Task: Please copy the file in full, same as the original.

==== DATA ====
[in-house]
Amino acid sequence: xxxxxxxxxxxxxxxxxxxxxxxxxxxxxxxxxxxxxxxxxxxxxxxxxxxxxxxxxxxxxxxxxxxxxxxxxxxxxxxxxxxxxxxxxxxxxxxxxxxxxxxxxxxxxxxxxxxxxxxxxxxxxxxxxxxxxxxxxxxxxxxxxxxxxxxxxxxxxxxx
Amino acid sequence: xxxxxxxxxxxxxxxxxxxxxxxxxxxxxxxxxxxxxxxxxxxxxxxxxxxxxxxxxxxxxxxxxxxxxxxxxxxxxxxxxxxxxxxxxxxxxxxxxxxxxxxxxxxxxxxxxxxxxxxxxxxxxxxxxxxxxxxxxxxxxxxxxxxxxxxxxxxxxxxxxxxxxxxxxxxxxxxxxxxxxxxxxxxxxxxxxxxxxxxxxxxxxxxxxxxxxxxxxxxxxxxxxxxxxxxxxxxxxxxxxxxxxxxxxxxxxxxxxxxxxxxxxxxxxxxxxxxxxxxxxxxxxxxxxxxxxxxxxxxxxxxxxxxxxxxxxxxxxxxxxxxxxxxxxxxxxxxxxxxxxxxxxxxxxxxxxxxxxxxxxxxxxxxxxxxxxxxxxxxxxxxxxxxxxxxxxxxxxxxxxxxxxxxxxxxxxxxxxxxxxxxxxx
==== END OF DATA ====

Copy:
[in-house]
Amino acid sequence: xxxxxxxxxxxxxxxxxxxxxxxxxxxxxxxxxxxxxxxxxxxxxxxxxxxxxxxxxxxxxxxxxxxxxxxxxxxxxxxxxxxxxxxxxxxxxxxxxxxxxxxxxxxxxxxxxxxxxxxxxxxxxxxxxxxxxxxxxxxxxxxxxxxxxxxxxxxxxxxx
Amino acid sequence: xxxxxxxxxxxxxxxxxxxxxxxxxxxxxxxxxxxxxxxxxxxxxxxxxxxxxxxxxxxxxxxxxxxxxxxxxxxxxxxxxxxxxxxxxxxxxxxxxxxxxxxxxxxxxxxxxxxxxxxxxxxxxxxxxxxxxxxxxxxxxxxxxxxxxxxxxxxxxxxxxxxxxxxxxxxxxxxxxxxxxxxxxxxxxxxxxxxxxxxxxxxxxxxxxxxxxxxxxxxxxxxxxxxxxxxxxxxxxxxxxxxxxxxxxxxxxxxxxxxxxxxxxxxxxxxxxxxxxxxxxxxxxxxxxxxxxxxxxxxxxxxxxxxxxxxxxxxxxxxxxxxxxxxxxxxxxxxxxxxxxxxxxxxxxxxxxxxxxxxxxxxxxxxxxxxxxxxxxxxxxxxxxxxxxxxxxxxxxxxxxxxxxxxxxxxxxxxxxxxxxxxxxx